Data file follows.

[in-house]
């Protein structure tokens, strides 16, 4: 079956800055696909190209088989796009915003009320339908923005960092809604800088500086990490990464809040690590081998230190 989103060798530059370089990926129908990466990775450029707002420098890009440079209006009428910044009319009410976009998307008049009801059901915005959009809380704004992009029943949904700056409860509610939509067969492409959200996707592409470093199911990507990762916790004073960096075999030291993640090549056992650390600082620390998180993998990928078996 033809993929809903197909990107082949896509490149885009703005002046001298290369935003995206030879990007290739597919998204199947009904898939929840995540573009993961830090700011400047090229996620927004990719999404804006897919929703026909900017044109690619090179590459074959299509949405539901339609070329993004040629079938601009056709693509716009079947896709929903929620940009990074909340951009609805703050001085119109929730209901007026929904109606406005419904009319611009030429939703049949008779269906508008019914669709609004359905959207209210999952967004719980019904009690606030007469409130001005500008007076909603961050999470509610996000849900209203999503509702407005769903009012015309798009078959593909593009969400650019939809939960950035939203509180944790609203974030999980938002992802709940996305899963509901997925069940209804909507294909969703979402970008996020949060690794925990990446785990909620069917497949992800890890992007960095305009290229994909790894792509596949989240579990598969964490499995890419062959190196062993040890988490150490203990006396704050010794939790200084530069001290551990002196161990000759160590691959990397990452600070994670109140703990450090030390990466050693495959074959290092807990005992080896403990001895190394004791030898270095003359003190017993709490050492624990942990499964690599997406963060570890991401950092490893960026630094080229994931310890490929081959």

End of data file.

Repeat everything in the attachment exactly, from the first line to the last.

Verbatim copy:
[in-house]
């Protein structure tokens, strides 16, 4: 079956800055696909190209088989796009915003009320339908923005960092809604800088500086990490990464809040690590081998230190 989103060798530059370089990926129908990466990775450029707002420098890009440079209006009428910044009319009410976009998307008049009801059901915005959009809380704004992009029943949904700056409860509610939509067969492409959200996707592409470093199911990507990762916790004073960096075999030291993640090549056992650390600082620390998180993998990928078996 033809993929809903197909990107082949896509490149885009703005002046001298290369935003995206030879990007290739597919998204199947009904898939929840995540573009993961830090700011400047090229996620927004990719999404804006897919929703026909900017044109690619090179590459074959299509949405539901339609070329993004040629079938601009056709693509716009079947896709929903929620940009990074909340951009609805703050001085119109929730209901007026929904109606406005419904009319611009030429939703049949008779269906508008019914669709609004359905959207209210999952967004719980019904009690606030007469409130001005500008007076909603961050999470509610996000849900209203999503509702407005769903009012015309798009078959593909593009969400650019939809939960950035939203509180944790609203974030999980938002992802709940996305899963509901997925069940209804909507294909969703979402970008996020949060690794925990990446785990909620069917497949992800890890992007960095305009290229994909790894792509596949989240579990598969964490499995890419062959190196062993040890988490150490203990006396704050010794939790200084530069001290551990002196161990000759160590691959990397990452600070994670109140703990450090030390990466050693495959074959290092807990005992080896403990001895190394004791030898270095003359003190017993709490050492624990942990499964690599997406963060570890991401950092490893960026630094080229994931310890490929081959």